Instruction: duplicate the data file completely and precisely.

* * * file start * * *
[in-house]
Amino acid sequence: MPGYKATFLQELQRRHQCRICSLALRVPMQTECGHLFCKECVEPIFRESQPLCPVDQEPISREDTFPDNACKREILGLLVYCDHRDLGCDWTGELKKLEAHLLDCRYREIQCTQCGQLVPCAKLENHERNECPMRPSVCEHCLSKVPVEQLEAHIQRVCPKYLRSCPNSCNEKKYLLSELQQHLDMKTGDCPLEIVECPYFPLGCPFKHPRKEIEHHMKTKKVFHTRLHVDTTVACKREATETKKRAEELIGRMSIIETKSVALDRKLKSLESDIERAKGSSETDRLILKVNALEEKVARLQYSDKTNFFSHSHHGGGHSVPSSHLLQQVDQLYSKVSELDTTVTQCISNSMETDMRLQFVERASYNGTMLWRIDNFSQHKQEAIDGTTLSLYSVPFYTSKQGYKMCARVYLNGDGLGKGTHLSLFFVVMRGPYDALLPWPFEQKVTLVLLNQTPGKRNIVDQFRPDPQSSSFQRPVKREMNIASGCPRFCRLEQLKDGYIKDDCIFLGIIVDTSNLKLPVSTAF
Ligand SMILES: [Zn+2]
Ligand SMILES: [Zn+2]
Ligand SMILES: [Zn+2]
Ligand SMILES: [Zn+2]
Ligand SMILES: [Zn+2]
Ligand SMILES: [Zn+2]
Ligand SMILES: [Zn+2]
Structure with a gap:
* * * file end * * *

[in-house]
Amino acid sequence: MPGYKATFLQELQRRHQCRICSLALRVPMQTECGHLFCKECVEPIFRESQPLCPVDQEPISREDTFPDNACKREILGLLVYCDHRDLGCDWTGELKKLEAHLLDCRYREIQCTQCGQLVPCAKLENHERNECPMRPSVCEHCLSKVPVEQLEAHIQRVCPKYLRSCPNSCNEKKYLLSELQQHLDMKTGDCPLEIVECPYFPLGCPFKHPRKEIEHHMKTKKVFHTRLHVDTTVACKREATETKKRAEELIGRMSIIETKSVALDRKLKSLESDIERAKGSSETDRLILKVNALEEKVARLQYSDKTNFFSHSHHGGGHSVPSSHLLQQVDQLYSKVSELDTTVTQCISNSMETDMRLQFVERASYNGTMLWRIDNFSQHKQEAIDGTTLSLYSVPFYTSKQGYKMCARVYLNGDGLGKGTHLSLFFVVMRGPYDALLPWPFEQKVTLVLLNQTPGKRNIVDQFRPDPQSSSFQRPVKREMNIASGCPRFCRLEQLKDGYIKDDCIFLGIIVDTSNLKLPVSTAF
Ligand SMILES: [Zn+2]
Ligand SMILES: [Zn+2]
Ligand SMILES: [Zn+2]
Ligand SMILES: [Zn+2]
Ligand SMILES: [Zn+2]
Ligand SMILES: [Zn+2]
Ligand SMILES: [Zn+2]
Structure with a gap: